A chief of great power and influence, residing in Hawaiki. He was married to Kuiwai, a sister of Ngātoro-i-rangi, and being displeased with her, he insulted her by cursing Ngātoro. She sent her daughter, under the protection of the gods, across the sea to New Zealand, whither Ngātoro had gone. The girl found her uncle at Maketu, and informed him of Manaia's curse, whereupon Ngātoro, greatly enraged, fitted out an expedition, and built the canoe Totara-Keria, wherein he sailed to Hawaiki. Arriving there, he found by means of spies that Manaia's people were all in the temples, praying that Ngātoro and his men might all be brought thither dead by the gods. Ngātoro then ordered his party to proceed to the sacred place, and there pretend to be dead, they all striking their noses so violently as to bring blood, with which they besmeared their bodies. On the incautious close approach of Manaia's people, the supposed corpses leaped up, slew the priests, attacked the town, and slaughtered many, but Manaia himself escaped. This is the battle known as Ihu-motomotokia ("the bruised noses").
Manaia got together another force, and attacked Ngātoro, but was again defeated with great loss. This battle is known as Tarai-whenua-kura. Ngātoro then returned to New Zealand, and after some time was pursued hither by Manaia and a host of warriors. The hostile fleet arrived off the island of Motiti (Bay of Plenty), where Ngātoro was occupying his pa of Matarehua. Ngātoro, by the power of his spells as a great magician, raised a violent storm (Te Aputahi-a-Pawa), in which the whole army of Manaia, including their leader, perished, the bodies of the slain being almost wholly eaten by fish. This slaughter was called Maikukutea, because little except the fingernails (maikuku) of the slain was left.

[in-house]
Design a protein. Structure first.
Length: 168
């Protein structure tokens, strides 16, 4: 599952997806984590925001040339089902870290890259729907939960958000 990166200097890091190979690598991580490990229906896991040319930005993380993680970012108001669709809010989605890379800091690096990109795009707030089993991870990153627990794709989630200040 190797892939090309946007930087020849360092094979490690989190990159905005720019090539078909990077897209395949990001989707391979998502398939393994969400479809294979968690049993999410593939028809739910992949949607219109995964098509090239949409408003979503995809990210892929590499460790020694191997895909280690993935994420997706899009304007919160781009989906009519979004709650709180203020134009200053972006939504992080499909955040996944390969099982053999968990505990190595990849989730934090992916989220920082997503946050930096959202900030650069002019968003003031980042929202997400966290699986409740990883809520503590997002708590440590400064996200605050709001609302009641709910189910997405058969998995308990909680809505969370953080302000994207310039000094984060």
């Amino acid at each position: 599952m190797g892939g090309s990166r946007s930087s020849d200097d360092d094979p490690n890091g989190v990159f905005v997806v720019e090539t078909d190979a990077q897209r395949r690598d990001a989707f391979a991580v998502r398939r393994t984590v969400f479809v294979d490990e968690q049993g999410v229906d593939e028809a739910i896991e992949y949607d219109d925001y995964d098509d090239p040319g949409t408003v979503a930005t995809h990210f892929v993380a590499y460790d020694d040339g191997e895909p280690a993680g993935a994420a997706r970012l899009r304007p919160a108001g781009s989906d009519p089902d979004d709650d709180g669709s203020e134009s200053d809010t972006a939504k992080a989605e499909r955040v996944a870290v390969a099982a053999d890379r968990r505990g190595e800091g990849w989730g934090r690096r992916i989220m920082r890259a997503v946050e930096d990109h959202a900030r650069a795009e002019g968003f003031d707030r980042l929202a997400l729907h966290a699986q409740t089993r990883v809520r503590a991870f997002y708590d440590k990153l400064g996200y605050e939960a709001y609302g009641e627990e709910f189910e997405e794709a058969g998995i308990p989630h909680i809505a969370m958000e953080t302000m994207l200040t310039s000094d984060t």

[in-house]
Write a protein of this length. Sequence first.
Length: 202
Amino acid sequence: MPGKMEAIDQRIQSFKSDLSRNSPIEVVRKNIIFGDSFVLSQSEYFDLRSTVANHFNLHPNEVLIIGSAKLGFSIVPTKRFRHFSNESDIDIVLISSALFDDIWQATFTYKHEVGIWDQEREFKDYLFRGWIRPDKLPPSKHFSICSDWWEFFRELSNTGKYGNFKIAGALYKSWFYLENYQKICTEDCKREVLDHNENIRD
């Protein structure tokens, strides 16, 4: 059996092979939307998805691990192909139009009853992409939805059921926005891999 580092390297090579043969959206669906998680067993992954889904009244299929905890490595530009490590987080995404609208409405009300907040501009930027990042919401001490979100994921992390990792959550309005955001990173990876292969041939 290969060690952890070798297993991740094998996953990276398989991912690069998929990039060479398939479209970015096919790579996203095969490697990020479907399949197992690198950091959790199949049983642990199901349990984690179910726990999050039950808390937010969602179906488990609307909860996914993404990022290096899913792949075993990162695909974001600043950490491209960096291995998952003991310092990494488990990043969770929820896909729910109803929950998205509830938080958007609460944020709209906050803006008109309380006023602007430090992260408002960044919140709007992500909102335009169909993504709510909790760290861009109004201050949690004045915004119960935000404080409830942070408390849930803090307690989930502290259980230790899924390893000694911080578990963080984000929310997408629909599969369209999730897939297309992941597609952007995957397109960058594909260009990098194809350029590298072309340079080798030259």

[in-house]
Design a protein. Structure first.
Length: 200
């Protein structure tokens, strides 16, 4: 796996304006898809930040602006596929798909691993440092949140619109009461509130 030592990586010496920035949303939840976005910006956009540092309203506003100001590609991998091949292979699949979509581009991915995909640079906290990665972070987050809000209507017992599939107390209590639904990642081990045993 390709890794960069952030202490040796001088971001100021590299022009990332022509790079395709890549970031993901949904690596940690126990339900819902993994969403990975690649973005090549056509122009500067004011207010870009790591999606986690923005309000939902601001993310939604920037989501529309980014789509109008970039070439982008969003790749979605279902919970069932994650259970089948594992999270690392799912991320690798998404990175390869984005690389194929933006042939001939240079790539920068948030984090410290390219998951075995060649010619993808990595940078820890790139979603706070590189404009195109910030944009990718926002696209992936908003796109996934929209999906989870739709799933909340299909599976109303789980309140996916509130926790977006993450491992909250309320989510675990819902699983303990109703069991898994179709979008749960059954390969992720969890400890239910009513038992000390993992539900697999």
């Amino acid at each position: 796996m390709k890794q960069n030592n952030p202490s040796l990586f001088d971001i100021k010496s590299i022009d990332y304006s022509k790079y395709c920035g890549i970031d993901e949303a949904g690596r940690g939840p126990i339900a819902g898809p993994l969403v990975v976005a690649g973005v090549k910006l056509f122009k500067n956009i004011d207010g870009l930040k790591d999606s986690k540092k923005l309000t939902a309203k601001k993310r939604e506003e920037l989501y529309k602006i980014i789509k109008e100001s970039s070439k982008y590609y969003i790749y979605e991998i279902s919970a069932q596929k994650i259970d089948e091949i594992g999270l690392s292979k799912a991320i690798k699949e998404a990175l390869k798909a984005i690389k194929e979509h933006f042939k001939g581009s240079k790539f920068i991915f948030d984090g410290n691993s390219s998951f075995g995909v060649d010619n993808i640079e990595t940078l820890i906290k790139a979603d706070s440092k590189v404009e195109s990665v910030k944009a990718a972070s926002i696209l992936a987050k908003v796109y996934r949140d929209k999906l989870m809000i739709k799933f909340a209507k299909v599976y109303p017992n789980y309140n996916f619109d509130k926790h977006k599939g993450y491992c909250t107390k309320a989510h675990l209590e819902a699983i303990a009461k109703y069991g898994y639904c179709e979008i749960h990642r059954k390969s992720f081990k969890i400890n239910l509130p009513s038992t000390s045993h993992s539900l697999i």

- Grey, Sir George. (1855). Polynesian Mythology. Auckland: Brett, p. 102 ff.
- Tregear, Edward. (1891). Maori-Polynesian Comparative Dictionary. Wellington: Government Printer, pp. 147, 181, 203-204.
This article incorporates text from Maori-Polynesian Comparative Dictionary (1891) by Edward Tregear, which is in the public domain.